Commentary: Lyme Disease, should be no shock

In 1961, Stanley Milgram conducted a series of experiments to study how people (the teachers or volunteers) would react to being instructed to  apply increasingly painful electric shocks to a subject (the learners, and in this case actors) if instructed to do so by an authoritarian figure.  In a nutshell, the learner was given pairs of words to remember.  The words were then presented back to the learner and the learner was asked to provide the corresponding word pair.  If a wrong answer was provided, the Learner would receive a shock.  The shocks would increase for each subsequent wrong answer.

The experiment studied whether average people have a propensity to bypass morality and civility, in this case refusing to harm another individual when instructed to do so by an authoritarian figure, much like the Nazis during W WII (https://www.youtube.com/watch?v=yr5cjyokVUs ) The experiment’s results horrified the public.

I present this to you because there appears to be a SLIGHT parallel between these experiments and many countries’ medical systems when it comes to Lyme disease.  I realize that many people enjoy a good scandal, BUT IN KNOW WAY AM I INSINUATING THAT ANY MEDICAL PROFESSIONAL IS A NAZI.   I am merely saying that many medical professionals have a propensity to rationalize away what may appear to be a viable diagnosis and treatment to many common ailments solely because higher authorities dictate them to do so.  This is true even though a copious number of studies support Lyme disease as being prevalent and a likely prognosis to many ailments.  Those doctors dismissing Lyme disease sometimes results in their patients’ health decaying to a tortuous state and/or even death.

It’s unconscionable to think that doctors can watch their patients develop migraines, fibromyalgia, spasms, convulsions, dementia, etc. and still preach that three weeks of doxycycline is more than sufficient to rid the patient of the disease, or that antibiotics are bad for you and worse than chronic Lyme disease just because they were mandated to follow IDSA guidelines.  Additionally, the thought of treating patients for non-curable neurological diseases like Parkinson’s ALS, MS, etc. without exploring the possibility of it being induced by Lyme seems ludicrous.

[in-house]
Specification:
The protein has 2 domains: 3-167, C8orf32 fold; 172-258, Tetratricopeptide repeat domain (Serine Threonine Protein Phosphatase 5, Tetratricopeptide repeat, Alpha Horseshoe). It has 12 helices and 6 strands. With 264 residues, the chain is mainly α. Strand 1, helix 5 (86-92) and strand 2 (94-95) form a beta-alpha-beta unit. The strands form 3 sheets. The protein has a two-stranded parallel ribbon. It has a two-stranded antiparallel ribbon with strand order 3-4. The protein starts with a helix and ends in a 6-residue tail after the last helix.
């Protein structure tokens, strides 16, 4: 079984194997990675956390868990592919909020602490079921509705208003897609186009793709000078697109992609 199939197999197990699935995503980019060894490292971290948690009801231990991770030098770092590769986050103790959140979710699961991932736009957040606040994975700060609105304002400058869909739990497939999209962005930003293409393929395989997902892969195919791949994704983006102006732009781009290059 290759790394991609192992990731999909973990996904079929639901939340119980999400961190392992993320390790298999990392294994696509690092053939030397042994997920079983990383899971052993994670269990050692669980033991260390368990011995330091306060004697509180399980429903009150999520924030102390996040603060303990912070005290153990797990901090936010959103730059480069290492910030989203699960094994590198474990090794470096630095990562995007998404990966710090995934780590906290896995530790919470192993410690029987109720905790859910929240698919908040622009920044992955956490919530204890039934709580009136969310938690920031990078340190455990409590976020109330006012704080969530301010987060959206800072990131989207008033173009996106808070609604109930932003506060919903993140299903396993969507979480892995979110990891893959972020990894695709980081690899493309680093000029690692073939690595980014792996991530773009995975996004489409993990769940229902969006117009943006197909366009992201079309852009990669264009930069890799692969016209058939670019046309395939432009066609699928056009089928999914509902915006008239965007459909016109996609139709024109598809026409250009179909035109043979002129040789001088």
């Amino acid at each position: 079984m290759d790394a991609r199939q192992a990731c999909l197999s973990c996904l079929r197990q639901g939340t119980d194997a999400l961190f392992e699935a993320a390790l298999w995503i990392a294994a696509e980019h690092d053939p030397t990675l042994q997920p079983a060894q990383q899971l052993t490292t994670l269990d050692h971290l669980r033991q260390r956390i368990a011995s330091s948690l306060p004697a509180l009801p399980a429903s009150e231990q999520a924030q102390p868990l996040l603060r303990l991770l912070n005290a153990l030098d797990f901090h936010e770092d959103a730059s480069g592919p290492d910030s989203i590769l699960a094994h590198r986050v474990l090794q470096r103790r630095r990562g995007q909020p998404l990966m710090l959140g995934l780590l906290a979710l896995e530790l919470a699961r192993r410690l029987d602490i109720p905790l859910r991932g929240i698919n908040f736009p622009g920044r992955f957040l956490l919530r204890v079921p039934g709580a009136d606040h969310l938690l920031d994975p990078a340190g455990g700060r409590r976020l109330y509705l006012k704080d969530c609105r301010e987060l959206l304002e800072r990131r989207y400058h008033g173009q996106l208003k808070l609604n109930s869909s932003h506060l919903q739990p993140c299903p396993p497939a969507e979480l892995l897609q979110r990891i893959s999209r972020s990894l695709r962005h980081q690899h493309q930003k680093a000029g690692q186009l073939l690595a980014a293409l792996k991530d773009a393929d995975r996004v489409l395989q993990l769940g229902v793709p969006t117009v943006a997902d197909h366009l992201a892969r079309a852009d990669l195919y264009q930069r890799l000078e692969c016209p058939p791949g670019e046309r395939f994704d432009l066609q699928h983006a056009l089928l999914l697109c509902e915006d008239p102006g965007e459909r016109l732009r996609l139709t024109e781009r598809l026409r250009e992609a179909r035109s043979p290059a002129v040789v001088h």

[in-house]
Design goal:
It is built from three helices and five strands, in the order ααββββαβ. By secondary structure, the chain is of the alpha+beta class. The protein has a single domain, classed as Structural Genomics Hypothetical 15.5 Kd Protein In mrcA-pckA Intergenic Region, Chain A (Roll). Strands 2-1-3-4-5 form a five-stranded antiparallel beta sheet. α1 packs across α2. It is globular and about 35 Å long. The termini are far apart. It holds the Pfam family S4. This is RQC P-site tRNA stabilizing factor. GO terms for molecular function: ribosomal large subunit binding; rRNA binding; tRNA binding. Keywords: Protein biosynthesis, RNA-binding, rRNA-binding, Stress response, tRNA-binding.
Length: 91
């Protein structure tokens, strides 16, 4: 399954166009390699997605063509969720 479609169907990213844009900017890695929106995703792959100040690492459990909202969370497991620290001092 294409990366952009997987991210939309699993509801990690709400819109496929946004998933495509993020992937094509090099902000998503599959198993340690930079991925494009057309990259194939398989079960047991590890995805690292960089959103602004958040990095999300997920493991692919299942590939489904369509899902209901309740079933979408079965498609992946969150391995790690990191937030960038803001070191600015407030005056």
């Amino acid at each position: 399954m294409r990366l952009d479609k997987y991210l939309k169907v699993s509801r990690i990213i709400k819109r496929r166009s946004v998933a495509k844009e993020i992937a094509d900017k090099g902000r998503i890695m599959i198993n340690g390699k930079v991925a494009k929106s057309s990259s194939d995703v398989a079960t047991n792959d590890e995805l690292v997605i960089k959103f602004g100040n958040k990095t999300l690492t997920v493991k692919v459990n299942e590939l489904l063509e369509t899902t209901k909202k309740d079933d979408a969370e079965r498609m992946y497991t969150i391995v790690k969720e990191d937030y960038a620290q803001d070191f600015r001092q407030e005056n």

Of course, there are a number of outliers in the medical community who are  heroes willing to put the patient’s needs ahead of themselves.  These  Lyme literate doctors who are willing to challenge authority, IDSA guidelines, risk their careers and do what is morally right for their patients  can’t be thanked enough.  And they themselves should be personally proud to know that they would not have made good experimental subjects for Stanley Milgram.

All the best,

Rob

~ by Rob on January 30, 2014.

4 Responses to “Commentary: Lyme Disease, should be no shock”

  1. Rob, is there a way to contact you personally? I’d like to talk to you about Maggie. My daughter is currently a patient of Dr J’s, and she has encephalopathy of the brain (severe hypoperfusion and hypometabolism). We were told by a hospital in NYC she would need IV steroids because her brain was on fire, but she has been living with positive IGM antibodies for lyme for 13 yrs, and last year was diagnosed with babesia and bartonella through Igenex. We began seeing Dr J in 2012. The next step is rocephin, but my d (19 yrs old) is very nervous about the picc line. I would like to talk to you about any experience you had with Maggie, as we are scheduled to see her on Monday. Dr J thinks we should wait, but I will try anything to get her better. She has insomnia (up till 4-5am) and bonecrushing fatigue, muscle pains, scalp and hair follicle pain, Hashimoto’s disease, possible PANS (but asymptomatic) and has deferred college for the year. I am not well myself with a host of vascular issues and sjogren’s disease. All we have is each other, and I’m so afraid if I don’t get her well, she will be alone in this world if something happens to me. Many thanks, D

  2. Thanks Rob!

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